By Tony Attwood
We regularly cover issues of racism and violence within football. See for example “Racist abuse, physical violence” in August this year. Back in 2018 we were asking “Should clubs be responsible for the behaviour of their fans inside and outside the ground?”
We also know that there was a lot of bother before the Uefa final. We know that because there has been some publicity about the affair where lots of supporters stormed the building.
And we know that the FA was not responsible. We know that because none of the media is demanding that the FA be held to account in any way. No one is suggesting any punishment for their total lack of preparedness.
What we don’t know (unless we can be bothered to look at European football news, as published in Europe) is that there is trouble brewing in Europe as well. And we don’t know because by and large the English media won’t report it. And they won’t report it, because in Europe the people who arrange football matches are starting to be blamed – and that we don’t ever accept in England.
For example last weekend, the match between Standard Liege and Charleroi was stopped as hooded supporters invaded the pitch after smoke bombs were thrown onto the pitch in what the Belgian Federation described as “scenes of war.” Immediately the visiting fans were banned. Prior to this OGC Nice ultras blocked the team bus from departing ahead of the game because they were unhappy with the performance of their manager Patrick Vieira.
But that is not all. Violent incidents occurred on Sunday during the Belgian match between Beerschot-Antwerp and Standard Liege-Charleroi. The Belgian FA said, “Hooded men entered the field. These are scenes of war and … These are mind-boggling events during which the behaviour of some fans has put the safety of many at risk.”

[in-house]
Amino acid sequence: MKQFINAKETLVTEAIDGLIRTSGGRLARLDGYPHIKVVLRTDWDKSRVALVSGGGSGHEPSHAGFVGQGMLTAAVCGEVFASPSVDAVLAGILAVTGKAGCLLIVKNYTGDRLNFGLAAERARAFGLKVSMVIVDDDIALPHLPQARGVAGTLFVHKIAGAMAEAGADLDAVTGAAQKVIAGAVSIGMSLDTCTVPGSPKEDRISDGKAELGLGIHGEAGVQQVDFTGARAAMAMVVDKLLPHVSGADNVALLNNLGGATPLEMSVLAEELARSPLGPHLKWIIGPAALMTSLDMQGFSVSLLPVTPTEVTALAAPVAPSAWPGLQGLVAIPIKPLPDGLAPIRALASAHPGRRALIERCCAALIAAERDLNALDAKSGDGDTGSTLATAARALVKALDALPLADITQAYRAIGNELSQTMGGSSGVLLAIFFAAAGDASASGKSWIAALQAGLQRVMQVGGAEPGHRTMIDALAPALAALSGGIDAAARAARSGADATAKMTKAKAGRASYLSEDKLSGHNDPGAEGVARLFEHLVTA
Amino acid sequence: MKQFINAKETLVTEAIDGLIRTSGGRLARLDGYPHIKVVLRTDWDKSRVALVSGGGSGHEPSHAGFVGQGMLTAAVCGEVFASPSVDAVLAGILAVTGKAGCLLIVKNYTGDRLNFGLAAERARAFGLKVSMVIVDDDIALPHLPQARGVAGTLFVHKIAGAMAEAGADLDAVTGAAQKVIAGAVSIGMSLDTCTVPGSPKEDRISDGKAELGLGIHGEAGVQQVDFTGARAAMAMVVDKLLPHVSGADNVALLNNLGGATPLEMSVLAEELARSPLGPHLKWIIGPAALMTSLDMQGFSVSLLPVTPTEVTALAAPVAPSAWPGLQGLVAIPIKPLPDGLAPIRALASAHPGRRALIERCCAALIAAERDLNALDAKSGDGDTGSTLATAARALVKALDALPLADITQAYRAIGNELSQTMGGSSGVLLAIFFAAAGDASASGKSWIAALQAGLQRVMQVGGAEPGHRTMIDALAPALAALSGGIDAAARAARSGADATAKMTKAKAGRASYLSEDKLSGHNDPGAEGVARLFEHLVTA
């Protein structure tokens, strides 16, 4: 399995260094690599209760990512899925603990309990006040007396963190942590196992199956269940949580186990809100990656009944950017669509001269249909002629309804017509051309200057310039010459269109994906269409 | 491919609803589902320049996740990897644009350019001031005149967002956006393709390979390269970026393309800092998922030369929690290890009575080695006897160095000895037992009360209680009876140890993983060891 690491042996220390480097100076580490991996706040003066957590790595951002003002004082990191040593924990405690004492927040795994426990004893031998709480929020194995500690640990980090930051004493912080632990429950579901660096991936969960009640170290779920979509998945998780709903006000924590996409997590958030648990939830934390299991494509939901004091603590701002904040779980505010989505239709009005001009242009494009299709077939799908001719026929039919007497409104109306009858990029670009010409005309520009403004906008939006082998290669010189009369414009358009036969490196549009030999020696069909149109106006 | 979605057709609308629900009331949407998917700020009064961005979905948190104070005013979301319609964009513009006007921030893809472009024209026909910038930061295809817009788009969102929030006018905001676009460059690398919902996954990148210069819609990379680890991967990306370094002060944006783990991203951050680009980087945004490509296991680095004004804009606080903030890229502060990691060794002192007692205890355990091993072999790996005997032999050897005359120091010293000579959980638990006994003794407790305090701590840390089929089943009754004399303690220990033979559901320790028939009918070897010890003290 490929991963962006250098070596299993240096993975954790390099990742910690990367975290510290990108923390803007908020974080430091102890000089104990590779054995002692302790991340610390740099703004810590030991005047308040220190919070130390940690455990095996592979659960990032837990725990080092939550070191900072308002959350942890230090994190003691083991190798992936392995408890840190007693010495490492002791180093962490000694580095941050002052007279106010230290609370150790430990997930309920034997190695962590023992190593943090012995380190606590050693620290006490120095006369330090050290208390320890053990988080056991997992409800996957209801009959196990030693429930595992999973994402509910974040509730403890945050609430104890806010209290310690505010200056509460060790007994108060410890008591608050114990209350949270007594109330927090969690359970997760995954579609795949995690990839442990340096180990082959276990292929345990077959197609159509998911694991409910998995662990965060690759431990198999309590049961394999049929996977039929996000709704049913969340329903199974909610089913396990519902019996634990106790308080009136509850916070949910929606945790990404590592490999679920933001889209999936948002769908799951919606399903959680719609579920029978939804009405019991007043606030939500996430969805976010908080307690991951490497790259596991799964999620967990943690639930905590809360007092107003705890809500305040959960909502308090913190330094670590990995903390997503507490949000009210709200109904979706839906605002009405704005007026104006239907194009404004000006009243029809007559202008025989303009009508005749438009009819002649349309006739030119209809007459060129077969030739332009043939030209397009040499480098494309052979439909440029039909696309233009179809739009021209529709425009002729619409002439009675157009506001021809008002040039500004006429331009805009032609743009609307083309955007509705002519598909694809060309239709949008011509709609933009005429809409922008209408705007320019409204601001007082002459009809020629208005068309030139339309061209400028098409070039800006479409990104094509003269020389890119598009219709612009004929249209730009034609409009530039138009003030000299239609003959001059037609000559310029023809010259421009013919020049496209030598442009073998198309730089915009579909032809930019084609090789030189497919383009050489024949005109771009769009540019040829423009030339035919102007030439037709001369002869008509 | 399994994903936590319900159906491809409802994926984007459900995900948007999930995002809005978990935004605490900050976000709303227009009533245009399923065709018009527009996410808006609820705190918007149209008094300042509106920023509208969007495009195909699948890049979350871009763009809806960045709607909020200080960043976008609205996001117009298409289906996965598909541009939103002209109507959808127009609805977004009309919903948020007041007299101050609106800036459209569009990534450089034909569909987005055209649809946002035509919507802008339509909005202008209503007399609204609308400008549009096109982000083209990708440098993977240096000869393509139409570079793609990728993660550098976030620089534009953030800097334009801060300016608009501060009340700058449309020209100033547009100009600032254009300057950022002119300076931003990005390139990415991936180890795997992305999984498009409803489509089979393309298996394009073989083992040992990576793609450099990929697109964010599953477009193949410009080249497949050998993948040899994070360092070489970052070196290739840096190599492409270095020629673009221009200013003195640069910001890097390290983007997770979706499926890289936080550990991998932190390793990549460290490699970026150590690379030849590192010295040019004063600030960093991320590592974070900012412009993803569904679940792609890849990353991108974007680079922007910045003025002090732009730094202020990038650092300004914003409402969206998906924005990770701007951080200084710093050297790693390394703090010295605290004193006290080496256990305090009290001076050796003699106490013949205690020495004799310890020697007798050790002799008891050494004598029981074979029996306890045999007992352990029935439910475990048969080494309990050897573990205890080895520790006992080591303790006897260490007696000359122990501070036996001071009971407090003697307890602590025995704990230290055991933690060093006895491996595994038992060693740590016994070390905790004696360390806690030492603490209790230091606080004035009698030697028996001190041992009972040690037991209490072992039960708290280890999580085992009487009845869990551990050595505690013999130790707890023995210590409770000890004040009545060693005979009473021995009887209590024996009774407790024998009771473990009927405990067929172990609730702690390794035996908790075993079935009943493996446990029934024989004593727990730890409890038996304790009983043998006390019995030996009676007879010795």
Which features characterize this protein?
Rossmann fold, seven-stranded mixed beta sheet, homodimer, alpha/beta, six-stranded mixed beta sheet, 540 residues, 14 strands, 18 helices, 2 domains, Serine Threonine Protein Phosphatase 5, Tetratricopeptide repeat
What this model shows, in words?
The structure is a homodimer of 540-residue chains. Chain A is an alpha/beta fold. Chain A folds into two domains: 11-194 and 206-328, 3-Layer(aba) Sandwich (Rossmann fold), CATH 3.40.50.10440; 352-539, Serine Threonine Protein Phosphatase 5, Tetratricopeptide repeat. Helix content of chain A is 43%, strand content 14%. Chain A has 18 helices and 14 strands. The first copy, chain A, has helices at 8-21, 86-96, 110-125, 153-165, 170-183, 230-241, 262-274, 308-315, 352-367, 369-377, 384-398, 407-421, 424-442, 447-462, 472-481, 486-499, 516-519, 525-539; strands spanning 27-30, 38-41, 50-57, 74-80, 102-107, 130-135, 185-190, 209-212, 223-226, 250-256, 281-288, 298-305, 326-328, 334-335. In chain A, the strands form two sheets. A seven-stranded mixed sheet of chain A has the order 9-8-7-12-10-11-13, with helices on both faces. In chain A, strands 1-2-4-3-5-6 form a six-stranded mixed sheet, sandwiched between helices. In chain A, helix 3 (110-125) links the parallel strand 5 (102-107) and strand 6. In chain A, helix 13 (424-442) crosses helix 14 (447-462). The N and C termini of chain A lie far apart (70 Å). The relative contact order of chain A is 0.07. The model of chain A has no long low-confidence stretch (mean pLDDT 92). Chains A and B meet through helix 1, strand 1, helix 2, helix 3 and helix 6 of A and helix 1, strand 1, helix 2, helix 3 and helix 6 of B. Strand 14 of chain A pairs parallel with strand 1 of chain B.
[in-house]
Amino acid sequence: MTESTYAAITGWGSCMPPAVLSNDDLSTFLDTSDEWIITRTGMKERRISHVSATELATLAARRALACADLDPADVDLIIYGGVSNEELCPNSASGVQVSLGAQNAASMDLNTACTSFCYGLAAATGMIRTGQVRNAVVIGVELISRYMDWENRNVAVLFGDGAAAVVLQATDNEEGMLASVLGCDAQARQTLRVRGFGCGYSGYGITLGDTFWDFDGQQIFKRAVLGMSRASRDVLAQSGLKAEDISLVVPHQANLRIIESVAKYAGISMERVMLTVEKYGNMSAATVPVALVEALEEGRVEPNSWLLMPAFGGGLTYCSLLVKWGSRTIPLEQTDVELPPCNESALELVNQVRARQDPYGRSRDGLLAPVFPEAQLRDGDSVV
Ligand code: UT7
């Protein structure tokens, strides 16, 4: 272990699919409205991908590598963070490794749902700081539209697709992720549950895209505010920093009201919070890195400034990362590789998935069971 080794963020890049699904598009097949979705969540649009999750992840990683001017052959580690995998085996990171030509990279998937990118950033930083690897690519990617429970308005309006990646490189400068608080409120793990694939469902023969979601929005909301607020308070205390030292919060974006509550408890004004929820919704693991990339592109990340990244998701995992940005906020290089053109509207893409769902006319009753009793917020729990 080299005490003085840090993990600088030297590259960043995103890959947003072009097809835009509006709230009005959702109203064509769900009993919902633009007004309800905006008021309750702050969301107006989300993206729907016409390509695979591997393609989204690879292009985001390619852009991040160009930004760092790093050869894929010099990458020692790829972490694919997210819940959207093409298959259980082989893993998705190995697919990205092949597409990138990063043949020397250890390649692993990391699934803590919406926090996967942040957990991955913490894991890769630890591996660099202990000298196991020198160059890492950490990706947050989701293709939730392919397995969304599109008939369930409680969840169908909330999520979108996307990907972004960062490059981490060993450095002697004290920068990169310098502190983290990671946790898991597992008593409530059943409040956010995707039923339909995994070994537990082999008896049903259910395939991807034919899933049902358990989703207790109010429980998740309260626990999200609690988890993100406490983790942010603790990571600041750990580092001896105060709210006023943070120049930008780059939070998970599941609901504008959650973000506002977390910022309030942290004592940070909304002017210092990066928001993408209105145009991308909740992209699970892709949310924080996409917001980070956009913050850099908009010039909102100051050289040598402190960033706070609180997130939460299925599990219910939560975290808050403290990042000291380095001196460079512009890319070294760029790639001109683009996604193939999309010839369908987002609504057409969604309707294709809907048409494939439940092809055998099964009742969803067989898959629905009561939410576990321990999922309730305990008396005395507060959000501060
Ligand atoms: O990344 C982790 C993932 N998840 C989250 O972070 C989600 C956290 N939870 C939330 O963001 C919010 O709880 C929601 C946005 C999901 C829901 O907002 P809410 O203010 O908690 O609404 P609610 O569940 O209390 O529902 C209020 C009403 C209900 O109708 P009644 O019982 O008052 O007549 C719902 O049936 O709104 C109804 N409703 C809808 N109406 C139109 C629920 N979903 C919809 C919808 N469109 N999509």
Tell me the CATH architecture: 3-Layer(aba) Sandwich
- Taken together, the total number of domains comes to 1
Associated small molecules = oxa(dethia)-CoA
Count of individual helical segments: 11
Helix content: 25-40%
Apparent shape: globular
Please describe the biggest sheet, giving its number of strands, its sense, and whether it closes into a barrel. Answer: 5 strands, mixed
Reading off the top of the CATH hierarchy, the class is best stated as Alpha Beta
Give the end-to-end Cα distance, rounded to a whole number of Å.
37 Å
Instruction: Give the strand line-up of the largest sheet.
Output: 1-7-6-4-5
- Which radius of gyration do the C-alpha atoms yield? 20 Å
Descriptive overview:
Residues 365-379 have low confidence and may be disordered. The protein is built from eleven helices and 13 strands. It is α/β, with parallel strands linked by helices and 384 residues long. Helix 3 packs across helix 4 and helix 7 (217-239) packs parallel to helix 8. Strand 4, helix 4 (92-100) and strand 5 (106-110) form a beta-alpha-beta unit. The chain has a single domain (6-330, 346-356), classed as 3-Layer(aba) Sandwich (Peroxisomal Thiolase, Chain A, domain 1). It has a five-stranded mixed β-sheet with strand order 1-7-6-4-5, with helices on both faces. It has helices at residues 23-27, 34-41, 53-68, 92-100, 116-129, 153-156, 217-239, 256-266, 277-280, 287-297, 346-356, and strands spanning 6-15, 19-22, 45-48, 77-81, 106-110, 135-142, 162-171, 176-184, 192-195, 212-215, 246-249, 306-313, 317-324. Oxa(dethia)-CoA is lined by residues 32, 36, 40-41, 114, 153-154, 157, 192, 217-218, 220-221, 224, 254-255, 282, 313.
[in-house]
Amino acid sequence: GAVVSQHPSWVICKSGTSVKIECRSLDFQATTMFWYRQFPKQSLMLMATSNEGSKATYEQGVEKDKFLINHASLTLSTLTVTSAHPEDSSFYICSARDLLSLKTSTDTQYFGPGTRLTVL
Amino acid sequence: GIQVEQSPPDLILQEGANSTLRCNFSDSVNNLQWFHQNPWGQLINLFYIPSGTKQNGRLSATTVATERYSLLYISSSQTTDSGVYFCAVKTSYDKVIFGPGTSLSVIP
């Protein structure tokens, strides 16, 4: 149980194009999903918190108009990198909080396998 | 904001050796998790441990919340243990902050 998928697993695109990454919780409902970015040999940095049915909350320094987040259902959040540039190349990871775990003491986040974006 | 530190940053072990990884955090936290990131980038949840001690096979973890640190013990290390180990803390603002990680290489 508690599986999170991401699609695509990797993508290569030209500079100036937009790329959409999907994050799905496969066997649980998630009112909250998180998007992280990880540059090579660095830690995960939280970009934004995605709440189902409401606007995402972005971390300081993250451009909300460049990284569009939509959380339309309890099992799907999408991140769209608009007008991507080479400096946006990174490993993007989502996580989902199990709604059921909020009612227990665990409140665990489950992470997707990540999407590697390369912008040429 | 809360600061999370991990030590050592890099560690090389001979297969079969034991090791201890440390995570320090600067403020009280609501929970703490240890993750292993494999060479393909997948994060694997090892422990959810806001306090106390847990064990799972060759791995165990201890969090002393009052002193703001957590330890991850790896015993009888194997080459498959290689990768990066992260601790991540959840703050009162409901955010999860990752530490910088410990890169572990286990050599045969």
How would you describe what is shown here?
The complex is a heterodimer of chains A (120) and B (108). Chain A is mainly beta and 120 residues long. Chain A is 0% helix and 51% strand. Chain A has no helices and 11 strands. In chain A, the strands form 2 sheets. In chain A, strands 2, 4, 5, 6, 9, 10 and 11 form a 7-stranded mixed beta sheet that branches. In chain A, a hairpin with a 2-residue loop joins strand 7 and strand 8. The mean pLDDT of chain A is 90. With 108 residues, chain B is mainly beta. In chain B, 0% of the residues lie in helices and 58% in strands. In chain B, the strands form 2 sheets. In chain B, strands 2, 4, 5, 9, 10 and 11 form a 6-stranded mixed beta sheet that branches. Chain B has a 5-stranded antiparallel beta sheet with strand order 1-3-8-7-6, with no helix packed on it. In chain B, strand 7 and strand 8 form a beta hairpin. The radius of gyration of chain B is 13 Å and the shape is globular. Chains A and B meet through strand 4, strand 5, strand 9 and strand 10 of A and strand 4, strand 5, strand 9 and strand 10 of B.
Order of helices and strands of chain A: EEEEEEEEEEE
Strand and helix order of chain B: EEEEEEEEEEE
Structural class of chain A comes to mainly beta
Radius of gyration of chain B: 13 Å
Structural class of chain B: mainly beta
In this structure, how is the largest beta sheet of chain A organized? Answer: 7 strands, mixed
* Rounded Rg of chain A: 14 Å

In the Antwerp derby an Antwerp fan crossed the pitch to throw a smoke bomb into a stand occupied by local fans. He has been charged with attempted homicide and arson. As a result from next weekend until the end of the year, visiting fans will not be allowed to travel to support their team.
Meanwhile Mory Diaw, the goalkeeper of Lausanne-Sport, received a racist message on social networks from a Basel “fan” after the match on Sunday. This is the second time in two weeks that he is a victim of such an act.
The player said that he received a message on Instagram calling him a monkey. He also received racist insults after a match in St. Gallen at the end of November.
For many English people, I suspect, and certainly, for myself, Switzerland doesn’t seem to have a racism problem. But having had two racist incidents in a short period, there is a growing sense of unease, not least because the abused player said, “I called the league… after the first message and I did not receive an answer. By remaining silent, by not defending the players, the league takes the side of the racists.”